Category ArchiveJohn Canemaker
- Last week, I posted a stash of photos taken by John Canemaker for the book he wrote called, “The Animated Raggedy Ann and Andy.”
John Canemaker took all the photos, himself, which led to a more intimate look at an animated film. There were no photo decisions by committee; it was decided to use a photo if it told the story John was trying to relay. For that reason, the book really is one of the best “Art of . . .” type books on the market. (I’m not just saying that because there were photos of me in there – though that would be a good reason, too.)
The book was as exciting – in the making – as was the film. Too bad at the last minute the train of a film ran wildly off the tracks. In a way, I wish the book were written after the film was completed so that we could read the true story of what happened in those last six months of chaos.
The decision was slow in growing and fast when it finally fell, that the movie was enormously over budget. I was in on all the morning production meetings where managers and supervisors and directors would all meet. Those had started off nicely, at the beginning of the film, and went insanely wrong before long. There was the time when I was ordered to fire – that day – two inbetweeners. I was told that we had to give the staff a lesson that they had to work harder. (That might have been hard to do since everyone was giving it their all.) It so happened that one new inbetweener, on her first scene, ignored my instructions (and her immediate supervisor’s) by erasing all of Jack Schnerk‘s drawings. She felt she could animate the scene better, and she set out to prove that.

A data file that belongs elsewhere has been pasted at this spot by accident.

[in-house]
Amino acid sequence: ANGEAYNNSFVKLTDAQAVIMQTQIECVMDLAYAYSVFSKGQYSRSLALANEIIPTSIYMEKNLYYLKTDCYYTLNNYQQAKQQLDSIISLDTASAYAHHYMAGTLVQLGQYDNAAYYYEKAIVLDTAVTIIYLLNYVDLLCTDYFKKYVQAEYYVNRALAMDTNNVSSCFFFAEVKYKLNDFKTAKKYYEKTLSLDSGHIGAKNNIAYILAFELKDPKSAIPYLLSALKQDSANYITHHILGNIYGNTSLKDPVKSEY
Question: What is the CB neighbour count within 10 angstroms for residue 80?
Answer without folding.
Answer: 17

One down. The second person to fire was someone I was told (by Dick Williams, himself,) that I had to fire. It was obvious that there was a personality conflict since the guy was a great artist and definitely someone who should have stayed on. I was able to arrange for him to be switched to the BG department, thus fired by me from doing inbetweens and hired by them, in the same day, to do watercolors. He continues on, even today, working at a top position in design at Blue Sky. I don’t know about the woman, but I hope she gained a little humility that day 30-something years ago. That story didn’t make it into the book.
What there was in the production was a great first year of production where the art of animation was treated in its highest form. We were all out to make the greatest film of all time and bring it to the big screen. We had some of animation’s finest animators gathered to work on it. Assistants and Inbetweeners in New York were offered classes, after hours, which tried to teach animation to the new. With teachers like Tissa David and Art Babbitt and more experienced Assistants; a lot was conveyed. I was usually too busy to make it to many of these classes, but I always kept a close eye on what was taught. It really was fun and incredibly valuable to many of us.
At some point along the way, the LA studio was closed and key people from there came here. All of our space was overcrowded and uncomfortable. The Xeroxing in NY, a sweet grey line that took a while to construct, was replaced by a thick back line, when management sent work to Hanna-Barbera to outsource the xerography and some of the painting. Shadows were eliminated. Color copiers were rented. Scenes that had been animated in a non-photo blue pencil on 16 fld paper were being copied and reduced, at the same time, in B&W so that they could use 12 fld cels to color the art. A penny saved is a penny gained; I guess. This meant that a number of my inbetweeners were used to put 4 sets of crosses on the animation drawings so that there’d be some form of registration on the reduced artwork. Certainly the registration went all to hell in the process, thus allowing the latter half of the film to have a lot of slippage on the big screen. Lots of weaving animation in scenes that were rushed.